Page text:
St Richard'sCE Primary School

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Mathematics is an essential skill which provides a way to make sense of the world. At St Richard’s we are committed to ensuring that children recognise its importance and develop the ability and confidence to use their knowledge in the wide range of contexts, both within school and in the wider world. 

We recognise that our parents may themselves have had different mathematical journeys, resulting in greater or lesser levels of confidence.  At St Richard’s we aim to bridge this gap and develop deep mathematical understanding in all our children as well as nurturing enthusiasm and enjoyment of the subject itself. We follow a mastery approach, which encourages a ‘growth’ mathematical mind-set.  A child with a fixed mind-set will believe that their basic abilities and talents are pre-wired and fixed. In contrast, a child with a growth mindset believes that if you work hard and are committed, you can achieve.  Through the mastery approach to maths, the strong belief at St Richard’s is that with skilful teaching and careful nurturing of a growth mindset, all children can achieve and enjoy.




A whole class approach aiming for depth of understand


When teaching maths for mastery, the whole class moves through topics at broadly the same pace. Each topic is studied in depth using plenty of discussion of problems, carefully modelled mathematical language, concrete resources and a variety of different approaches in order to achieve mathematical fluency with full understanding rather than relying on superficial rules and procedures.

Achieving this level of understanding develops self-confidence in learners, including the confidence to make mistakes and find alternative ways of solving problems.


Differentiation through depth rather than acceleration


Although the whole class goes through the same content at the same pace, there is still plenty of scope for Although the whole class goes through the same content at the same pace, there is still plenty of scope for differentiation.  Under older models of teaching, faster learners were accelerated through new content - often more of the same except with larger numbers! The mastery approach challenges those faster learners with sophisticated problems to further hone mathematical fluency and agility.   This said, there will inevitably be occasions where some children need some extra input.  At St Richard’s we aim to employ a system of ‘keep-up rather than ‘catch-up’.  Targeted TA support is used in all lessons to work with children who are finding a concept difficult to grasp.  If, at the end of a lesson or topic, a child or group of children is still struggling, the teacher plans for rapid intervention in the form of a focused 1:1 or small group session to ensure that no one is left behind.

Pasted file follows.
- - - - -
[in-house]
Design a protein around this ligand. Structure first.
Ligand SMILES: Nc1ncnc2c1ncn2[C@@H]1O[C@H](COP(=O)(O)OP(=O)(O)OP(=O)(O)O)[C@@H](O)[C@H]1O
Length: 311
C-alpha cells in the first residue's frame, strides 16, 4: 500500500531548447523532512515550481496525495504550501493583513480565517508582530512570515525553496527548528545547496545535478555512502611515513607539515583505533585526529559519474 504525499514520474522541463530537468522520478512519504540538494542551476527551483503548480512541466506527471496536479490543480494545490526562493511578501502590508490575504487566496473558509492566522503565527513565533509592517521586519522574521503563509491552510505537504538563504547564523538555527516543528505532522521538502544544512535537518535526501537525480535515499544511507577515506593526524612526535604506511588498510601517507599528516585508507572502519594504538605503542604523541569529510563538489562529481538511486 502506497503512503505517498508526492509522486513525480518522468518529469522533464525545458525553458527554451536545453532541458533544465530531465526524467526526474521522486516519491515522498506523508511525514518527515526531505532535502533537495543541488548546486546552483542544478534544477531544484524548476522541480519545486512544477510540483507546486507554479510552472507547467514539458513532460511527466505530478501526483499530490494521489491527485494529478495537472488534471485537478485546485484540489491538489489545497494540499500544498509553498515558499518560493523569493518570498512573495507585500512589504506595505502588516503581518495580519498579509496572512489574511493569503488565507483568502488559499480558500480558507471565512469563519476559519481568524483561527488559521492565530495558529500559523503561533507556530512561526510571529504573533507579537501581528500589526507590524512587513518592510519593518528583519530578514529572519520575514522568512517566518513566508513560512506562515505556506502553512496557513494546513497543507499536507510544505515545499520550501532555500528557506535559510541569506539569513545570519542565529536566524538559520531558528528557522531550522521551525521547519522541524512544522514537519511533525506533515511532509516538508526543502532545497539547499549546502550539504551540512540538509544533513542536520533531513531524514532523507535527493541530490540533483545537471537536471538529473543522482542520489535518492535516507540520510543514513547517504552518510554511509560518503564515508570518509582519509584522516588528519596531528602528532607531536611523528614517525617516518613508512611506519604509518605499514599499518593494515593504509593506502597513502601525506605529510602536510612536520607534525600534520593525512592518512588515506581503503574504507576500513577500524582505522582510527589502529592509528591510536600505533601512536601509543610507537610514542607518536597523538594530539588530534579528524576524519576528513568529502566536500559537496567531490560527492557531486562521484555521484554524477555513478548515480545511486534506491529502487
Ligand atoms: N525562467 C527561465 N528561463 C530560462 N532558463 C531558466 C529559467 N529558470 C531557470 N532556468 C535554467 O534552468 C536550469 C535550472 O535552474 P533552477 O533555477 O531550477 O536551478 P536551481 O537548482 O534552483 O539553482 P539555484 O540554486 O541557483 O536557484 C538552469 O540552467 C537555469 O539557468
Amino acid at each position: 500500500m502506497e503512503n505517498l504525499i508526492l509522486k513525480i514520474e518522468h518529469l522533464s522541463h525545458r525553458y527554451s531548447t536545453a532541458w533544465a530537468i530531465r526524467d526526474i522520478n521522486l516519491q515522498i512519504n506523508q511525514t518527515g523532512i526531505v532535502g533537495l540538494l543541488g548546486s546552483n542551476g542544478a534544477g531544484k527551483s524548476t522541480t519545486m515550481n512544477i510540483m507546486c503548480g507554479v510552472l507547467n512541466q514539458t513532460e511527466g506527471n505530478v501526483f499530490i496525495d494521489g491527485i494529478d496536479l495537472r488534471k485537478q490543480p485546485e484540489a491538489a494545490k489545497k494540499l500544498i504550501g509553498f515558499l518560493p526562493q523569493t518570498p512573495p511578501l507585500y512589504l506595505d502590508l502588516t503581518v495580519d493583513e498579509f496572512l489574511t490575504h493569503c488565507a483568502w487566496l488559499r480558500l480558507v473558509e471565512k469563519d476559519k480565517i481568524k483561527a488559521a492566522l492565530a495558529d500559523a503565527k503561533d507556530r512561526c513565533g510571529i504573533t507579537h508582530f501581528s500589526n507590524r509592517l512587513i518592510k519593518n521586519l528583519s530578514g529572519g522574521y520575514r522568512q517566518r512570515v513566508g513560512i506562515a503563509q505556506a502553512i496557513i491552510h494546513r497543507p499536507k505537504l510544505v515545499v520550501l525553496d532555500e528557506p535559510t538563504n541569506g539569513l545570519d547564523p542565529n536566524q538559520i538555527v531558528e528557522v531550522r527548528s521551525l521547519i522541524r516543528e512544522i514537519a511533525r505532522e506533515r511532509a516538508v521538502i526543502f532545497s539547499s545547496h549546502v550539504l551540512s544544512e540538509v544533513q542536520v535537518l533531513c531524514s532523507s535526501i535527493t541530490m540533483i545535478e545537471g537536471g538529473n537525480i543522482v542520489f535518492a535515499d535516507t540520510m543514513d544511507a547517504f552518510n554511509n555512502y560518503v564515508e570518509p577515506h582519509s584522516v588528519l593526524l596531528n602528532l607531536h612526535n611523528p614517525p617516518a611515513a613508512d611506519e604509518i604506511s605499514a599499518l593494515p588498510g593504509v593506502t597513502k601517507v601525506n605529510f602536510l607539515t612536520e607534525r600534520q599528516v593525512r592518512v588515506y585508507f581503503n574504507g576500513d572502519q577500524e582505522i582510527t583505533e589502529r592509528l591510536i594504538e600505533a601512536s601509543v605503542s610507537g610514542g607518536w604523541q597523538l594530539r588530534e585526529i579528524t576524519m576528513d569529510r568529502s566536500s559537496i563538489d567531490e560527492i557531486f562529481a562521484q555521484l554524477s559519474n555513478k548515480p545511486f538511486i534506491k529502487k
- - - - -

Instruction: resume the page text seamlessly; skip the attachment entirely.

Structure of lessons


Initial concepts are shared through relatable problems which children will discuss, share and attempt independently to ensure engagement and provide the teacher an idea of initial levels of understanding.

These problems will then be shared as a class and meticulously worked through using a wide range of concrete manipulatives, rich mathematical language, pair and guided work.  During this part of the lesson, visual scaffolds are gradually removed as children become more confident with the abstract concepts.  It should be noted however, that continued use of support materials and manipulatives is encouraged on an individual level until abstract understanding is achieved.

Finally, extra challenge is introduced to encourage deeper thinking and enable the teacher to assess to what extent the children are able to manipulate the new concept.




The first few years of a child’s life are especially important for the development of mathematics. The objective therefore, for those working in Early Years, is to ensure that all children develop firm mathematical foundations in a way that is engaging, and appropriate for their age.  At St Richard’s our EYFS teachers build their lessons around the BBC’s Numberblocks characters, supported by the materials produced by the NCETM (National Centre for Excellence in the Teaching of Mathematics), which are designed to draw out and build on the maths embedded in the stories contained in each episode.

During short, carefully planned input sessions, precise use of mathematical language and key sentences provide models for children to follow and build their own ideas around.  Children are encouraged to talk about what they have noticed and explore mathematical concepts in the form of relevant activities which bring the numbers and ideas to life in the wider Early Years environment.



Please see below for a copy of the yearly overviews for each year group from 1 - 6. 



Below is a set of instant recall facts that we would like the children to be secure in. These are organised by year groups and into half terms. These facts also form part of our home-learning.